Ceramic Artisans Case Study

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November 5, 2012 Ms. Kathleen Sylva Head Researcher Ceramic Artisans 27 Pottery Lane Springfield, VA 22150 Dear Ms. Sylva, I understand that our company has been contacted and hired to conduct experimental work. We have been involved in this type of work before, so there is nothing to be afraid of. We are experienced and always get positive feedback from the companies we have previously been hired by. Our company hopes that in the future, you will consider our work again when you realize that we are superior to the rest. In this situation, we were given the task of finding which compound fits the criteria addressed in order to determine the correct compound to use for a ceramic glaze. We understand that your ceramic company is on…show more content…
4) Ignoring step 3, after step 2, you can take the solution that you have created and pour it into a 100 mL beaker. Once the solution is in the beaker, turn on the conductivity tester and gently place it in the solution (try not to touch the bottom of the beaker). Record the results. 5) Now, take the beaker with the solution already inside and place it on a hot plate. Turn on the hot plate to a medium heat. Wait until all the liquid has evaporated from the substance and then record the color of the dried substance. 6) Repeat steps 1-5 using each of the three other substances. NOTE: Make sure to wipe down all the materials before they are reused. Compounds | Solubility in Water | Solubility in Alcohol | Color if Soluble in H₂O | Conductivity(Scale 1-4) | Color When Dry | Melting Point (°F) | Sucrose | Yes | No | Transparent | Medium (2) | Brown | 366.8 | Sodium Chloride | Yes | No | Transparent | High (3) | Crystallized, Clear | 1474 | Sodium Carbonate | Yes | No | Mostly Transparent | High (3) | White | 1564 | Salicylic Acid | No | Yes | N/A | High (3) | White | 318.2…show more content…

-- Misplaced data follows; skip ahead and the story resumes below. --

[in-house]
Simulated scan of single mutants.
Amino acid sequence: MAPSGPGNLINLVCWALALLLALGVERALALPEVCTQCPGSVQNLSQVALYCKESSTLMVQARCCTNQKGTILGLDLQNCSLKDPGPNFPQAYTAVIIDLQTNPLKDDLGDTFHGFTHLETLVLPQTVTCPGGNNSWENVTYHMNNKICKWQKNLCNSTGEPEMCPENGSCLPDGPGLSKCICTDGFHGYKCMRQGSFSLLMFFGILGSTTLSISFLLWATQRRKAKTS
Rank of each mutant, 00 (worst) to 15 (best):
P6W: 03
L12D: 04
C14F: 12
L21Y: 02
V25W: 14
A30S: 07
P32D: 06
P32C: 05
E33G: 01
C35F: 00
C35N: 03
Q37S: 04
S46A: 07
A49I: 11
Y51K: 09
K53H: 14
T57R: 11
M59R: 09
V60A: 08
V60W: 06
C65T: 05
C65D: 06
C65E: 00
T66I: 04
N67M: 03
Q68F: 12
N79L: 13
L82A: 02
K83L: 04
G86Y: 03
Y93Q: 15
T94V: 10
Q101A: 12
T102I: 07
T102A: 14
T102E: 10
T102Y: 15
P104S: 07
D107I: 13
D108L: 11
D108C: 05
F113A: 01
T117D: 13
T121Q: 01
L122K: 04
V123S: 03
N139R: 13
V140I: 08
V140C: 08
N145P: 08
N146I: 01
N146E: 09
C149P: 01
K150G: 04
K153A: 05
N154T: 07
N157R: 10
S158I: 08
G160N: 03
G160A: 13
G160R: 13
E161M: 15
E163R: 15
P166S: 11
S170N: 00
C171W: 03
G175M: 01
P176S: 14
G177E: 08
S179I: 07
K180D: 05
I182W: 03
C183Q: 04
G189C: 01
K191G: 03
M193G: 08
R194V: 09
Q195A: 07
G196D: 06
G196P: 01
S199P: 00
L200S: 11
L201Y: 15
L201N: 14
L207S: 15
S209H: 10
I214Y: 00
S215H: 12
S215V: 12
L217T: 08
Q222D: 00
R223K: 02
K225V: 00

The substance dissolves in water but not in alcohol, is transparent when dissolved in water, is electrically conductive when dissolved in water, dries white, and has a high melting point. Out of the four compounds we received to test, according to the data we collected, sodium carbonate was the one that would work the best as a fixative for the glaze. In the experiment we conducted you will notice that the independent variables were the different compounds, while the dependent variables were the results to the criteria that had to be met. Also, during our research, we found that sodium chloride and sodium carbonate worked better than sucrose and salicylic acid because they have ionic bonds. These conditions are more suitable for ionic bonds. That is why the sucrose and salicylic acid did not have good results, because they have covalent bonds. There were a few sources of error that could be improved in the experiment. For example, when the substance was poured into the test tubes, some of the compound remained stuck to the weighing paper. If we used a stick resistant material for this step, the whole 1g would be accounted for. Also, when we poured the contents of the test tube into the 100mL beaker, not all of the solution exited. We should have tried harder to take out the entire content of the test

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